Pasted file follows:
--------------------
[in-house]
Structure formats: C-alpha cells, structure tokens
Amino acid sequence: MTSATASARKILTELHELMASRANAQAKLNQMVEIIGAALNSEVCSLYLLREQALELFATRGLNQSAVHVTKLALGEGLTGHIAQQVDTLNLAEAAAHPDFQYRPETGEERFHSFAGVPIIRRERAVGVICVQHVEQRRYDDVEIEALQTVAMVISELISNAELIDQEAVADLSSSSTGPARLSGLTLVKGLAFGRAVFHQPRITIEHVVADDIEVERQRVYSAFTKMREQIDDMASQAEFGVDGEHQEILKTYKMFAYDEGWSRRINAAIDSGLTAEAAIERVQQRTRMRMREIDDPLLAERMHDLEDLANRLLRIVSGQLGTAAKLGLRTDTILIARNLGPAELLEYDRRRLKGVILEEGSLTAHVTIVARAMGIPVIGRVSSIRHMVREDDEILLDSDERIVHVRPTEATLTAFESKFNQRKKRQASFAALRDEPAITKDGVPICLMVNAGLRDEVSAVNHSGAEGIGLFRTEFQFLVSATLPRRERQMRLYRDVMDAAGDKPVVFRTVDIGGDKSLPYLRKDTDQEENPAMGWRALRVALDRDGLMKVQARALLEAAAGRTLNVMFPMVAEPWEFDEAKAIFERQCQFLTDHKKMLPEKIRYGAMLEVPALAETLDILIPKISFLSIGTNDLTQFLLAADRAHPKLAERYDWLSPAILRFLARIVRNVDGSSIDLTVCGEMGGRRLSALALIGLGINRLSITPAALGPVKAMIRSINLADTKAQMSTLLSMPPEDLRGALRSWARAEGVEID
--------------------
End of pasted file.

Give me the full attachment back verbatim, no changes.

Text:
[in-house]
Structure formats: C-alpha cells, structure tokens
Amino acid sequence: MTSATASARKILTELHELMASRANAQAKLNQMVEIIGAALNSEVCSLYLLREQALELFATRGLNQSAVHVTKLALGEGLTGHIAQQVDTLNLAEAAAHPDFQYRPETGEERFHSFAGVPIIRRERAVGVICVQHVEQRRYDDVEIEALQTVAMVISELISNAELIDQEAVADLSSSSTGPARLSGLTLVKGLAFGRAVFHQPRITIEHVVADDIEVERQRVYSAFTKMREQIDDMASQAEFGVDGEHQEILKTYKMFAYDEGWSRRINAAIDSGLTAEAAIERVQQRTRMRMREIDDPLLAERMHDLEDLANRLLRIVSGQLGTAAKLGLRTDTILIARNLGPAELLEYDRRRLKGVILEEGSLTAHVTIVARAMGIPVIGRVSSIRHMVREDDEILLDSDERIVHVRPTEATLTAFESKFNQRKKRQASFAALRDEPAITKDGVPICLMVNAGLRDEVSAVNHSGAEGIGLFRTEFQFLVSATLPRRERQMRLYRDVMDAAGDKPVVFRTVDIGGDKSLPYLRKDTDQEENPAMGWRALRVALDRDGLMKVQARALLEAAAGRTLNVMFPMVAEPWEFDEAKAIFERQCQFLTDHKKMLPEKIRYGAMLEVPALAETLDILIPKISFLSIGTNDLTQFLLAADRAHPKLAERYDWLSPAILRFLARIVRNVDGSSIDLTVCGEMGGRRLSALALIGLGINRLSITPAALGPVKAMIRSINLADTKAQMSTLLSMPPEDLRGALRSWARAEGVEID